Fighting for Frisco's Fallen Hero
To honor her late husband and prevent future tragedy, a former air ambulance flight nurse takes a personal crusade for helicopter safety to Congress.
On the morning of July 3, 2015, Karen Mahany was waiting to be seated for lunch at the Arapahoe Café in Dillon when she heard a fire truck start its siren across the street. She thought little of it, but then her friend Julie Kelble’s phone rang. Kelble was Mahany’s mentor at Flight for Life (FFL), where they once worked as flight nurses. She grabbed Mahany’s arm and said, “Life Guard 2 has crashed. You need to get up. We have to run.”
Mahany’s husband, Patrick, 64, was the on-duty pilot for FFL’s Life Guard 2 helicopter that day in Frisco. The women raced to the crash site, a parking lot at St. Anthony Summit Medical Center, which had become a burning maelstrom. They would later learn that Mahany had barely reached an altitude of 100 feet before the AS-350B3e, spinning from a loss of tail rotor control, plunged to the asphalt, smashing an RV and bursting into flames within six seconds of impact.
When Karen was taken to her husband at the hospital, he already had a breathing tube in his mouth. As she said her goodbyes, his pulse went in and out, then he was gone. An autopsy determined Mahany had died primarily from blunt force trauma, and secondarily from inhalation burns. His injuries included a crushed pelvis, liver and spleen trauma, two broken legs, a fractured wrist, and a free-floating sternum since he broke every rib in his chest. He also had burns on his upper arms and thighs, a result of being trapped in the helicopter for two minutes as a hospital employee, Jimmy Rhodes, heroically waded into the flames with a handheld fire extinguisher, trying three times before he was able to pull Mahany free. Flight nurse Dave Repsher suffered burns on 90 percent of his body and spent the next year in a hospital. Matt Bowe, another flight nurse, broke his back and has since recovered.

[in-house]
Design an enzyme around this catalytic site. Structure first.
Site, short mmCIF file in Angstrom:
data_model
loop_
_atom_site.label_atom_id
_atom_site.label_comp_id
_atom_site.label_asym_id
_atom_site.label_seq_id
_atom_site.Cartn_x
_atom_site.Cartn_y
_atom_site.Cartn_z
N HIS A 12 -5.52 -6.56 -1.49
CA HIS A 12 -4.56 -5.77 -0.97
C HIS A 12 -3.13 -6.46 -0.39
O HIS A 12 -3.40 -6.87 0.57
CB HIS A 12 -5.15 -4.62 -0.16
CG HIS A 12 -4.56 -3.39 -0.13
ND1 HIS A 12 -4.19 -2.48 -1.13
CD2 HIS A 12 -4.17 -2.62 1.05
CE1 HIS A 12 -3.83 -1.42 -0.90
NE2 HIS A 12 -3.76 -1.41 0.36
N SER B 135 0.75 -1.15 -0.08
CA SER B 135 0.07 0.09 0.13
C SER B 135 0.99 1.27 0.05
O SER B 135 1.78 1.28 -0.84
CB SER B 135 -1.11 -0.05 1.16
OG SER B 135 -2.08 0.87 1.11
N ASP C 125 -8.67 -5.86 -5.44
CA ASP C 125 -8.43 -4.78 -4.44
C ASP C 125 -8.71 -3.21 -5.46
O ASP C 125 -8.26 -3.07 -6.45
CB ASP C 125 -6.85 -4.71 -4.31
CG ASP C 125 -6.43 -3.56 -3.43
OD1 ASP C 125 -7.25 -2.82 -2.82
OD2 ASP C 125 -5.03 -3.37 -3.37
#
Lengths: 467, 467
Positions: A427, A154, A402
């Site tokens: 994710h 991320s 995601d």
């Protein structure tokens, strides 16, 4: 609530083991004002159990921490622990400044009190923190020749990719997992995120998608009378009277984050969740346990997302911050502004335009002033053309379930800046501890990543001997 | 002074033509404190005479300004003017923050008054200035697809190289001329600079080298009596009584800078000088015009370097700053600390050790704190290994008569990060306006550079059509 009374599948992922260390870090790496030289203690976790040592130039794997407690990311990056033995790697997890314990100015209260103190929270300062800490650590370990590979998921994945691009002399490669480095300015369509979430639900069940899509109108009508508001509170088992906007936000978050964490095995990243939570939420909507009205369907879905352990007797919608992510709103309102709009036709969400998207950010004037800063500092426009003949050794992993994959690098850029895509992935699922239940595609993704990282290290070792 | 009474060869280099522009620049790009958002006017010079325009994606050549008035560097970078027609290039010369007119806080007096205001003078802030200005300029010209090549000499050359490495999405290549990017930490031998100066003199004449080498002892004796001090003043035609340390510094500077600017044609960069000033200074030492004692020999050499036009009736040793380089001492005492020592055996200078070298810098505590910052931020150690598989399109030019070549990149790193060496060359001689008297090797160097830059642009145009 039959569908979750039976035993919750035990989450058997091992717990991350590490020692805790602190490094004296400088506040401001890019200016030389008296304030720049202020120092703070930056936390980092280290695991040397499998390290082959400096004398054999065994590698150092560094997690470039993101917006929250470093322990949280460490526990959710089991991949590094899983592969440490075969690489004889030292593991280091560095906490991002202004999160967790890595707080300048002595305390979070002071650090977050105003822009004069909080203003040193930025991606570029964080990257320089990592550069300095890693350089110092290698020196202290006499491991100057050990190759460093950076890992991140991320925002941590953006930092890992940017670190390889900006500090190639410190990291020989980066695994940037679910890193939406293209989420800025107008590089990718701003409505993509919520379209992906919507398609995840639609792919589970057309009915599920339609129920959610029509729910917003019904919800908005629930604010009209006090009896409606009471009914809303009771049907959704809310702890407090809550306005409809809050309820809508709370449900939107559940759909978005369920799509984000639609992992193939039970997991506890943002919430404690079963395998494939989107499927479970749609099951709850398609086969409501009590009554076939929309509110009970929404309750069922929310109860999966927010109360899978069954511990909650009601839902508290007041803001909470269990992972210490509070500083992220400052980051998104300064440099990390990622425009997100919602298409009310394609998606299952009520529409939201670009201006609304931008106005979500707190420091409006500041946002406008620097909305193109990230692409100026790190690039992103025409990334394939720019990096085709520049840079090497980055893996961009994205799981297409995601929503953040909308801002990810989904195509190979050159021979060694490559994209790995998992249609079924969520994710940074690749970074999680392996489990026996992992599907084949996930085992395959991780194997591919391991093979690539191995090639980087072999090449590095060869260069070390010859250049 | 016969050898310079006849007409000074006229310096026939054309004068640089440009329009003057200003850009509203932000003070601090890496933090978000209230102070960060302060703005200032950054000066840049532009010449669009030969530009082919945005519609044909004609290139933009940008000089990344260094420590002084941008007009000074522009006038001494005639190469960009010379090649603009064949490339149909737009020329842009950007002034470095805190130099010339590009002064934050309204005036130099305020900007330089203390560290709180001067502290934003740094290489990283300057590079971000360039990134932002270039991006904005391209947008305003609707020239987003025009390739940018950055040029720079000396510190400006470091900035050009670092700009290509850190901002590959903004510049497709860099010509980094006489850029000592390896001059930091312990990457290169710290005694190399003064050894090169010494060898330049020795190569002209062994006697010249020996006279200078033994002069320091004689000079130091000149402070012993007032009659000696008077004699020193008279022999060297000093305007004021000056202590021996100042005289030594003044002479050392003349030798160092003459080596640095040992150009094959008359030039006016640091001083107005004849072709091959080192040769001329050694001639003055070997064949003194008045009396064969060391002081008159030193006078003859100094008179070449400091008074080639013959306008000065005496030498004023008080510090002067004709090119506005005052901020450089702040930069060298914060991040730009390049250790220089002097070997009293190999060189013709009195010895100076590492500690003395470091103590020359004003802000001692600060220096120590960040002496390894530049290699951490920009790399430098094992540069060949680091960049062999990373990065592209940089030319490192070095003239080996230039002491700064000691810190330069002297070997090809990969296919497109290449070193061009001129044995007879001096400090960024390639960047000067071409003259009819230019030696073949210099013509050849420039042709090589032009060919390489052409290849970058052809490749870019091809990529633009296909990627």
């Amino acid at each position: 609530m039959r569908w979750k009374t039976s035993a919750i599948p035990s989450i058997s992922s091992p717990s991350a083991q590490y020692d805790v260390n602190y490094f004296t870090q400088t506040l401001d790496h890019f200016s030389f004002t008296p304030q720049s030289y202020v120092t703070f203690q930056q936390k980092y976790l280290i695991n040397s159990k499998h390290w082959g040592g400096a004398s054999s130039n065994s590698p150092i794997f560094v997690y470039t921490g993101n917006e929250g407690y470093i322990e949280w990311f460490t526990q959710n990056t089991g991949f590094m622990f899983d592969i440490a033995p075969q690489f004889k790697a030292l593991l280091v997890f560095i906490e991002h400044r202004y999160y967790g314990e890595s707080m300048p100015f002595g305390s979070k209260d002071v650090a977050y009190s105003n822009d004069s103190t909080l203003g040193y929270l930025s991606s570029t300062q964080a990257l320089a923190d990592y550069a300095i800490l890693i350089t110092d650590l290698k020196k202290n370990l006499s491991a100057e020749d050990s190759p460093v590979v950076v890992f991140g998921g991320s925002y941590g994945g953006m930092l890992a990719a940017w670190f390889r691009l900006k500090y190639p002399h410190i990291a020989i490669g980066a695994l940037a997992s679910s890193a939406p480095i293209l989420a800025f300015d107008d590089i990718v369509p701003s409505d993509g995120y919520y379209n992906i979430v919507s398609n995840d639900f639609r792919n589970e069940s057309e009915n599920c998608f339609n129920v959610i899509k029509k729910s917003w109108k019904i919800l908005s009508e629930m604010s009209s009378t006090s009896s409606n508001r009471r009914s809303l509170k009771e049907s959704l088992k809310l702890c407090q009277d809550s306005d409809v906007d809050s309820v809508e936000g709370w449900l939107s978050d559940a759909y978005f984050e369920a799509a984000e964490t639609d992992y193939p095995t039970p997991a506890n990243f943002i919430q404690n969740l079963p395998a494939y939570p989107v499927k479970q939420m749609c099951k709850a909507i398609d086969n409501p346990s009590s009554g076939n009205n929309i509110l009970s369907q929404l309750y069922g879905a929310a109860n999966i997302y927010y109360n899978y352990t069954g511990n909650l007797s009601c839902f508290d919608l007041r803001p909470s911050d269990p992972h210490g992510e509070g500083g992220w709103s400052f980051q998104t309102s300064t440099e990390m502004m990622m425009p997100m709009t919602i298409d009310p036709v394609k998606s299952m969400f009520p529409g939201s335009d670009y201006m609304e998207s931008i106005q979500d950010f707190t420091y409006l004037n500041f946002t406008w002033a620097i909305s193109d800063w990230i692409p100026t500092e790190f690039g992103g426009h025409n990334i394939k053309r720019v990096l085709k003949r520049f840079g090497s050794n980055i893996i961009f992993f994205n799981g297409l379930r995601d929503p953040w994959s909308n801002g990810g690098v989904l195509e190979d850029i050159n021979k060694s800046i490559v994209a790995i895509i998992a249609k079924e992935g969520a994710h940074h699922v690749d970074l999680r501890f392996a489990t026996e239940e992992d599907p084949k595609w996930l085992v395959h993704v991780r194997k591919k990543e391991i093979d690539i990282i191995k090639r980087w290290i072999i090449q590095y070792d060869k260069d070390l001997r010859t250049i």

Karen and Patrick Mahany met 15 years earlier while working with Flight for Life in Denver. As a decorated Vietnam veteran, he knew the perils of flying; many of his best friends had died in crashes. Yet when Karen sat through a two-and-a-half-hour interview with the National Transportation Safety Board (NTSB) after the crash, one sentence changed the course of her life and sent her on a crusade to change the industry.
“They said, ‘This was a survivable crash,’” but the helicopter wasn’t built as strong as it could’ve been and did not have a crashworthy fuel system, Mahany says.
Mahany learned that although US military helicopters long ago subscribed to the highest safety standards, civilian helicopters were still being built according to model certifications from the sixties and seventies. This included those that carried rescuers like the Flight for Life trio and patients with life-threatening injuries.
She began taking time off from her job as a nurse anesthetist in Denver to push stricter legislation. In May 2016, she flew to Washington, DC, and met with members of Congress, including Sen. John McCain. McCain, a Vietnam vet himself, advised Mahany to unite the Colorado delegation and introduce a bill. “He said, ‘We need to fix this,’” Mahany recalls. “He said, ‘Give me your list of what you need for that helicopter to be safe, and we will get this through Congress. We will change this.’”
Mahany, 47, has since met with Colorado’s senators and legislative representatives and believes a tax credit could entice manufacturers to adhere to higher standards, which is not currently required by the Federal Aviation Administration. While Repsher and Bowe sued the helicopter manufacturer (Airbus) and owner (Air Methods), Mahany has forgone litigation to maintain her voice on the issue.
The NTSB’s accident report, released in March, pointed the finger at Airbus, Air Methods, as well as pilot error. But Mahany still believes stronger helicopters are the answer to avoiding future deaths in survivable crashes. “I’m doing this because my soul was at risk of just drying up and turning to dust, because I was so mad when I started to find these things out,” she says. “When I realized there may be something I can do, it gave me a purpose.”